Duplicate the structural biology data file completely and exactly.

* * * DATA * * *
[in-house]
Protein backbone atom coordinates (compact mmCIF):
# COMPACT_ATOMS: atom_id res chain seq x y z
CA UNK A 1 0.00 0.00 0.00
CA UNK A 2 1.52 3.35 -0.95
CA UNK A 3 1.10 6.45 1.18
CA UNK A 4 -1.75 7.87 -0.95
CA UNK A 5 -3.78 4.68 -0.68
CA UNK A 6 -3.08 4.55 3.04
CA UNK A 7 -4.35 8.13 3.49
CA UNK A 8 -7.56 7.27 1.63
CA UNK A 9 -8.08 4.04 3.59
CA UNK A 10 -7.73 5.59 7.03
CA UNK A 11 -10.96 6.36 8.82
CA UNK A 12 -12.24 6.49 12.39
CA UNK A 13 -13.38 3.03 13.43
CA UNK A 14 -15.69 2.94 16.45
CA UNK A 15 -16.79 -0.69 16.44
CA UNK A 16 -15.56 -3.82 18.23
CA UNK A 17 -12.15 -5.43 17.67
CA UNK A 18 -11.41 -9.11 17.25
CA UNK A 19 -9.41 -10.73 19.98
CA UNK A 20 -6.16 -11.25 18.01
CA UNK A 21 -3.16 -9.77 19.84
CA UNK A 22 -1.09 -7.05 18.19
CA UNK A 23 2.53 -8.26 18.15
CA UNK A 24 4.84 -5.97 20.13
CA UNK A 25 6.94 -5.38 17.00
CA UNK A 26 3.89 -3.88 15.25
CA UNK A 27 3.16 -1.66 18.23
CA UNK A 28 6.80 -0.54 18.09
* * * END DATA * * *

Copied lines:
[in-house]
Protein backbone atom coordinates (compact mmCIF):
# COMPACT_ATOMS: atom_id res chain seq x y z
CA UNK A 1 0.00 0.00 0.00
CA UNK A 2 1.52 3.35 -0.95
CA UNK A 3 1.10 6.45 1.18
CA UNK A 4 -1.75 7.87 -0.95
CA UNK A 5 -3.78 4.68 -0.68
CA UNK A 6 -3.08 4.55 3.04
CA UNK A 7 -4.35 8.13 3.49
CA UNK A 8 -7.56 7.27 1.63
CA UNK A 9 -8.08 4.04 3.59
CA UNK A 10 -7.73 5.59 7.03
CA UNK A 11 -10.96 6.36 8.82
CA UNK A 12 -12.24 6.49 12.39
CA UNK A 13 -13.38 3.03 13.43
CA UNK A 14 -15.69 2.94 16.45
CA UNK A 15 -16.79 -0.69 16.44
CA UNK A 16 -15.56 -3.82 18.23
CA UNK A 17 -12.15 -5.43 17.67
CA UNK A 18 -11.41 -9.11 17.25
CA UNK A 19 -9.41 -10.73 19.98
CA UNK A 20 -6.16 -11.25 18.01
CA UNK A 21 -3.16 -9.77 19.84
CA UNK A 22 -1.09 -7.05 18.19
CA UNK A 23 2.53 -8.26 18.15
CA UNK A 24 4.84 -5.97 20.13
CA UNK A 25 6.94 -5.38 17.00
CA UNK A 26 3.89 -3.88 15.25
CA UNK A 27 3.16 -1.66 18.23
CA UNK A 28 6.80 -0.54 18.09